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After a handful of conservative hardliners ousted Speaker Kevin McCarthy yesterday, Republicans have to decide who to turn to next to try and manage their slim and unruly majority and lead the House.
A number of current GOP leaders could emerge in coming days, although at this point they remain loyal to McCarthy (R-Calif.) and opposed to any efforts to remove him.
Speaker pro-tem Rep. Patrick McHenry (R-N.C.) is one of McCarthy’s most trusted lieutenants. Known for his penchant for bow ties and policy acumen, McHenry’s first act upon taking the dais was to advise members of each party to deliberate on choices for speaker, Laura Davison reports.
McHenry has announced his intention to hold speaker elections on Oct. 11. The House Republican majority will hold a closed-door forum on Oct. 10, where candidates can put themselves up for the job. The conference would then vote to select their nominee for speakership. If a strong candidate emerges, McHenry plans to proceed with votes on the floor to install a new speaker. Erik Wasson and Billy House have more on what’s next for the House.
However, McCarthy allies and critics alike worry there might not be another lawmaker who can win enough support from the conference to take over, leaving the House effectively unable to operate.
Here are some possible contenders for the top job:
Rep. Steve Scalise: As the majority leader, the affable lawmaker from Louisiana is the second-ranking Republican and so, theoretically, he’d be first in line. Scalise has a more conservative profile than McCarthy, potentially helping him win over Freedom Caucus and other conservative members.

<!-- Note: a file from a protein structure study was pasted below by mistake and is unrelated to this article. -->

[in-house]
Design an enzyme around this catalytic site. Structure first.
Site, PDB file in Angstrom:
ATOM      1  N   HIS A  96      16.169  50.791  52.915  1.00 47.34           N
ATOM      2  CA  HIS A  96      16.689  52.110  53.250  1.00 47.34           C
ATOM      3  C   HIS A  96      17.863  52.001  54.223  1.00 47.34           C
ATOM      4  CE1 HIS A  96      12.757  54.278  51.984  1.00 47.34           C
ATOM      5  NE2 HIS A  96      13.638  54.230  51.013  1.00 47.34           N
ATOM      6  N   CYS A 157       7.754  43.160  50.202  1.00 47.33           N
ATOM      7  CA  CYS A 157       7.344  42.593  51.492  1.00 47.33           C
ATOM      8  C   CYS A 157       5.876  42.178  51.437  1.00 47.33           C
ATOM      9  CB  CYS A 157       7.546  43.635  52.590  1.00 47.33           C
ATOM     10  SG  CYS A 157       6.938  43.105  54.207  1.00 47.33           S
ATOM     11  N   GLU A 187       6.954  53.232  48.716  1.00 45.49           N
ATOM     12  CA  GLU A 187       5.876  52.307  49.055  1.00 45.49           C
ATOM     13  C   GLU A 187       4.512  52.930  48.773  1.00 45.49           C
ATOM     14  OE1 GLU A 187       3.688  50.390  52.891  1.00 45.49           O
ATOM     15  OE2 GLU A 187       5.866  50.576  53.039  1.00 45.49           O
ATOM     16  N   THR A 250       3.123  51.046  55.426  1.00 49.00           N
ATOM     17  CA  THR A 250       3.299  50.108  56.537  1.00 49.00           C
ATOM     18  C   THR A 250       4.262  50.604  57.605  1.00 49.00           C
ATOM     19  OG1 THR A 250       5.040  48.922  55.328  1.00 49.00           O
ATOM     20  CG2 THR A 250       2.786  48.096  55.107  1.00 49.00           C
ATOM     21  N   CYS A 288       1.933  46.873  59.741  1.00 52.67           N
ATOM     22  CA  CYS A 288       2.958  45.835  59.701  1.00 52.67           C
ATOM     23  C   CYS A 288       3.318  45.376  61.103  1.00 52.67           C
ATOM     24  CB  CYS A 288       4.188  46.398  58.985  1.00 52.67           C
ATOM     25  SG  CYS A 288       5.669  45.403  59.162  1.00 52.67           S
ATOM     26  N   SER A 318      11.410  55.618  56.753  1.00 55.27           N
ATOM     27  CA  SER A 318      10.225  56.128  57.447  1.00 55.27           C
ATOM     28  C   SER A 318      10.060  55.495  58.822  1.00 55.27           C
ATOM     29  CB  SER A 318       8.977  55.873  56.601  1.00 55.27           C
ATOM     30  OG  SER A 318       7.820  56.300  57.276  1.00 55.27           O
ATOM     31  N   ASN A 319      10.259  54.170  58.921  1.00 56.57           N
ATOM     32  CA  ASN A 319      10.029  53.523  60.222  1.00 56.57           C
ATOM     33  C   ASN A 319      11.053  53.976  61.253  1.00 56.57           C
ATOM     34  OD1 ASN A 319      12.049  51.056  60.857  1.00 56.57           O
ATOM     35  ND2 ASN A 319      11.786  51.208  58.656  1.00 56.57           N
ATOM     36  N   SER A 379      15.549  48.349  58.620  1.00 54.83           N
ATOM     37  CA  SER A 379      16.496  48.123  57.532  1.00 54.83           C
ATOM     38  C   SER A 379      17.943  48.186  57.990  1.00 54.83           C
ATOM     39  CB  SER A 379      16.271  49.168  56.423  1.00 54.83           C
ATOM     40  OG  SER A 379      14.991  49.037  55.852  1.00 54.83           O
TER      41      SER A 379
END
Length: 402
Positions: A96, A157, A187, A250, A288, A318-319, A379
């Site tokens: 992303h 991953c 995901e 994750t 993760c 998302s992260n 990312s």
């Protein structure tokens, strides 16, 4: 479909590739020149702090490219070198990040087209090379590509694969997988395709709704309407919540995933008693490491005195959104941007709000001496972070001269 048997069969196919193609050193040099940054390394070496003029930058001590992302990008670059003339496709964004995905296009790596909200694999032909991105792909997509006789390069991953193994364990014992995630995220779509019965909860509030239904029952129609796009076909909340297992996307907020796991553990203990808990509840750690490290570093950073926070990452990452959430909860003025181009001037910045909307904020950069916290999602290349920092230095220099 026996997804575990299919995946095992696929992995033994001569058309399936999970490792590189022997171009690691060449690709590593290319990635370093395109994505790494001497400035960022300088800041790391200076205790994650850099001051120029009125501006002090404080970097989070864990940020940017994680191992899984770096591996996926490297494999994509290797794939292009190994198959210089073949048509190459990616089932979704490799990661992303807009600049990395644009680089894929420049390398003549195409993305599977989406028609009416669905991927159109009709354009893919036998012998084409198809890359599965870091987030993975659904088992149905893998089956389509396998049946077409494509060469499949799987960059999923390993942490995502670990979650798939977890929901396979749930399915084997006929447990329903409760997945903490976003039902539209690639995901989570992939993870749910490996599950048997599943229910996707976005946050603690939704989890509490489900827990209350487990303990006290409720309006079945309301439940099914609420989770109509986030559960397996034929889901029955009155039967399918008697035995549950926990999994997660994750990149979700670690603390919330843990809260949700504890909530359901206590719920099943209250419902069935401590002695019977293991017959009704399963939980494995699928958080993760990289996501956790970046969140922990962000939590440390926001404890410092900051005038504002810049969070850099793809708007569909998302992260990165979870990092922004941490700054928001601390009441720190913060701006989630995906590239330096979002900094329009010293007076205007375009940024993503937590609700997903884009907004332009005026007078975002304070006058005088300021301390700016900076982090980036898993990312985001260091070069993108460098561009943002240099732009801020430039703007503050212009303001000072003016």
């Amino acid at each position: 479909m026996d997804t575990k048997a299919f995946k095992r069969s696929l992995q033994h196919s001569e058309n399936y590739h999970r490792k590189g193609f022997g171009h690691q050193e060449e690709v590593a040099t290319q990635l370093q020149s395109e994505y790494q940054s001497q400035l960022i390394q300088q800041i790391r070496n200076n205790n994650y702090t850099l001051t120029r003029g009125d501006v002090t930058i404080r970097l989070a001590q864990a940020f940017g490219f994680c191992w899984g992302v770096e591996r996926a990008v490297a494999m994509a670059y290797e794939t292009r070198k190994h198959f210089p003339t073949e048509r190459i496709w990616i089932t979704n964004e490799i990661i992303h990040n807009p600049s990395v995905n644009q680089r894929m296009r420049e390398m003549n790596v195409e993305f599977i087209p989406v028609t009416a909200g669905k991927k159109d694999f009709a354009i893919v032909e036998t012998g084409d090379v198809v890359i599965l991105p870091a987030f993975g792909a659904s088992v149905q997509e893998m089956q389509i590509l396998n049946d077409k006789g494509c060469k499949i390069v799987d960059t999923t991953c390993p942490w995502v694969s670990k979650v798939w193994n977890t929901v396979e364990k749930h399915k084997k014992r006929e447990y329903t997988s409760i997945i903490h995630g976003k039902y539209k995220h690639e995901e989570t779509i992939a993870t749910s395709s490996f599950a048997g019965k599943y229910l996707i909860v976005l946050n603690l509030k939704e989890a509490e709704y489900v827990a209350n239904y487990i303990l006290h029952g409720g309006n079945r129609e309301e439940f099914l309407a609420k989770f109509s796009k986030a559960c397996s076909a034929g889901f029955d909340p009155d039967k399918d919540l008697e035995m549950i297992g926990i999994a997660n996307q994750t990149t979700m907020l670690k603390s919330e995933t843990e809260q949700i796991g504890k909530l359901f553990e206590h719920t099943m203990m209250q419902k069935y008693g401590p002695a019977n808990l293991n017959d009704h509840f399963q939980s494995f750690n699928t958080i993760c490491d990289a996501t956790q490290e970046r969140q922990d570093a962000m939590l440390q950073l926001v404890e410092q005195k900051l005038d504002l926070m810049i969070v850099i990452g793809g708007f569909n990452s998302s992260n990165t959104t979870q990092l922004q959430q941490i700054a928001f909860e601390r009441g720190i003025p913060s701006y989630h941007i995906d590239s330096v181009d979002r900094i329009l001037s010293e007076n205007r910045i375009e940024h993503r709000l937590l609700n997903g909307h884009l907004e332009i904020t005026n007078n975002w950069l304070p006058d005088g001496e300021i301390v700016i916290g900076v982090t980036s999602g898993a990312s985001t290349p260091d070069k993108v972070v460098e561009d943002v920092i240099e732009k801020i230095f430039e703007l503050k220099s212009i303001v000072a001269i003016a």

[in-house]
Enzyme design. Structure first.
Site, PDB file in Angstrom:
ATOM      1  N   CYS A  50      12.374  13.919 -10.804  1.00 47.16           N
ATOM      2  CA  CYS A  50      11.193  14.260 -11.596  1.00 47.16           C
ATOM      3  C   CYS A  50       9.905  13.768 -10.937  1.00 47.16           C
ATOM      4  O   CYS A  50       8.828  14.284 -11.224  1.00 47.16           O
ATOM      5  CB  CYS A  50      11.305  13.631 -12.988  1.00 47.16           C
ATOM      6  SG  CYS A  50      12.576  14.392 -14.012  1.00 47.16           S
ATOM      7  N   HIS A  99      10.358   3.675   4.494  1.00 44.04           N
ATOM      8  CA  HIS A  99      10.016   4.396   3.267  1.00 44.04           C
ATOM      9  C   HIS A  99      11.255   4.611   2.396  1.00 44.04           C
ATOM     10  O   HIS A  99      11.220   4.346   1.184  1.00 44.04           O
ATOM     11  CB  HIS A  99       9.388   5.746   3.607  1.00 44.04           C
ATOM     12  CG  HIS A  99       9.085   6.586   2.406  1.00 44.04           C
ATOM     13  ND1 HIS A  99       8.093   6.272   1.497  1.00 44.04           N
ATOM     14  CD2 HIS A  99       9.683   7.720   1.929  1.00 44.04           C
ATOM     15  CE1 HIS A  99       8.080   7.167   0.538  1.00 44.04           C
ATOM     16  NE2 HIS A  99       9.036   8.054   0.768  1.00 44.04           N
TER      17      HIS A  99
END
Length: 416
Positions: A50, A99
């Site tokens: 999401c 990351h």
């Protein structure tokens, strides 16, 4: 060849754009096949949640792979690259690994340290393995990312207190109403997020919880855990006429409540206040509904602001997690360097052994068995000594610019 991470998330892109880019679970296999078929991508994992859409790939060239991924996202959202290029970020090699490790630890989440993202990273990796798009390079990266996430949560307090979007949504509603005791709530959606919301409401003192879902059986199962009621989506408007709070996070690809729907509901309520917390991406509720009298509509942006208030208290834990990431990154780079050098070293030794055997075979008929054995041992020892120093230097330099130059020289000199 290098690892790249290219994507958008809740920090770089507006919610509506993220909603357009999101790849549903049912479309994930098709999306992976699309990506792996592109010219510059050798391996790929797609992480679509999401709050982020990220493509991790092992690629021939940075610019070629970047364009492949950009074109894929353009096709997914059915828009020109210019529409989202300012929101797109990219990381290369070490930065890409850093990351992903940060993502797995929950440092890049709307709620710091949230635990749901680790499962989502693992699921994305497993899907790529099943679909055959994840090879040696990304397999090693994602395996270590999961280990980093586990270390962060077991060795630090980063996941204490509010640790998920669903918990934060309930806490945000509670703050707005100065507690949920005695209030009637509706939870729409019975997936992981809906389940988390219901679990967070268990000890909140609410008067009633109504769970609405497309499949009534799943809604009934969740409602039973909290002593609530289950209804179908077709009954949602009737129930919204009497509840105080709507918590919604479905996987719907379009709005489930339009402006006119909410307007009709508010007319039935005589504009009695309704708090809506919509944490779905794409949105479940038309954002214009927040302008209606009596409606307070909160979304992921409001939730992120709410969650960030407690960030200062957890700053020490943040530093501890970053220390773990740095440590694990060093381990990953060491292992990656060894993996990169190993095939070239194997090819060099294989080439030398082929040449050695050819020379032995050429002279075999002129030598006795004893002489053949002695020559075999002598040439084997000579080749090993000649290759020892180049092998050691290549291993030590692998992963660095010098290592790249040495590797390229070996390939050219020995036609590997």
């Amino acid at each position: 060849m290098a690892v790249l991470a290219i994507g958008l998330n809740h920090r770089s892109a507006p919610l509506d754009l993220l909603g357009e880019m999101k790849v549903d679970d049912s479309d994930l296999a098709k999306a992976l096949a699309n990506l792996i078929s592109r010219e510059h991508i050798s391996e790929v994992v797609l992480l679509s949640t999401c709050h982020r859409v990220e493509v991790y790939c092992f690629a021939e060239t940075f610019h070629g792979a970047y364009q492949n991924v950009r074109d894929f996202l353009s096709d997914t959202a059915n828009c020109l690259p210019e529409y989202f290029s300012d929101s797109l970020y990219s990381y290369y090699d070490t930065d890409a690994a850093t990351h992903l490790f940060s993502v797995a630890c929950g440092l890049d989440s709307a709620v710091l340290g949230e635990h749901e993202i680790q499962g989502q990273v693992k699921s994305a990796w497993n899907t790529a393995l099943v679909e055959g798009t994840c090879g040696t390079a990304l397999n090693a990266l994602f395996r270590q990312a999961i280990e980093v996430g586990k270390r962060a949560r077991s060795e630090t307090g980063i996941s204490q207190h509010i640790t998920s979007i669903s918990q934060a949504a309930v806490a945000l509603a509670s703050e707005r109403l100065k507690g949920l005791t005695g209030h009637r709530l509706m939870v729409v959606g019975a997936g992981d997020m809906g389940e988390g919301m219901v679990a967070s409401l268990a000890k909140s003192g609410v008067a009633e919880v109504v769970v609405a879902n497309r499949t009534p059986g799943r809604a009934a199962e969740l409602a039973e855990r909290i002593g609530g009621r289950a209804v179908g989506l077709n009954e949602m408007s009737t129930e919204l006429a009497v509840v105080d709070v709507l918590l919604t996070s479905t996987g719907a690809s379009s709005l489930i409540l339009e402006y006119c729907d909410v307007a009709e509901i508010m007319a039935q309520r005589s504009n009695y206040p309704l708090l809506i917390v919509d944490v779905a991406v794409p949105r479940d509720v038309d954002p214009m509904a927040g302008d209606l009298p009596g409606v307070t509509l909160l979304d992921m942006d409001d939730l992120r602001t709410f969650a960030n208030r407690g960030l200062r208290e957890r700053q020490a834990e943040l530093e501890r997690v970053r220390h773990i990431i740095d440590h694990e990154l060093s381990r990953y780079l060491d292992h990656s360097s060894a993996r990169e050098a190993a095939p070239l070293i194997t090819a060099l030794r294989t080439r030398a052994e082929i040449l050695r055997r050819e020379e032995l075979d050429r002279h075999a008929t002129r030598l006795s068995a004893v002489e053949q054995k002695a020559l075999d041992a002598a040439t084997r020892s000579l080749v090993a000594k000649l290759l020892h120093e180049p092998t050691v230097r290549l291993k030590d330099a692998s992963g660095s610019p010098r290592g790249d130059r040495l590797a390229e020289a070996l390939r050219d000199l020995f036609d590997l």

Rep. Tom Emmer: The former hockey player and GOP whip is now the conference’s third-ranking member, so, like Scalise, it makes sense that he would be in the mix. As whip, he has been charged with building bridges across the conference.
Rep. Elise Stefanik: Another current leader, Stefanik is the GOP’s fourth-in-command. Once seen as a moderate New Yorker, the Harvard-educated Stefanik in recent years has remade herself as a full-throated Donald Trump loyalist.
Rep. Jim Jordan: Jordan is probably the most prominent Trump ally in the House and one of the few figures who might actually please the party’s restive far right. But swing-district Republicans would almost certainly be wary of such a hard right turn.
Maeve Sheehey and Jonathan Tamari round up more names.
- The president will announce more student debt cancellation around 1:00 p.m.
- Press Secretary Karine Jean-Pierre will hold a briefing at 1:30 p.m.
- The House has suspended business until next week.
- The Senate meets at 10 a.m. and will vote around 11:30 a.m. on James O’Brien’s confirmation as an assistant secretary of state.
- For more details on the full agenda read BGOV’s Congress Tracker
More on McCarthy’s Downfall
MCCARTHY rose to the top of the GOP in part, by his prolific fundraising. His removal leaves much uncertainty about who might step in to fill his fundraising shoes and what happens to McCarthy’s own remaining political money.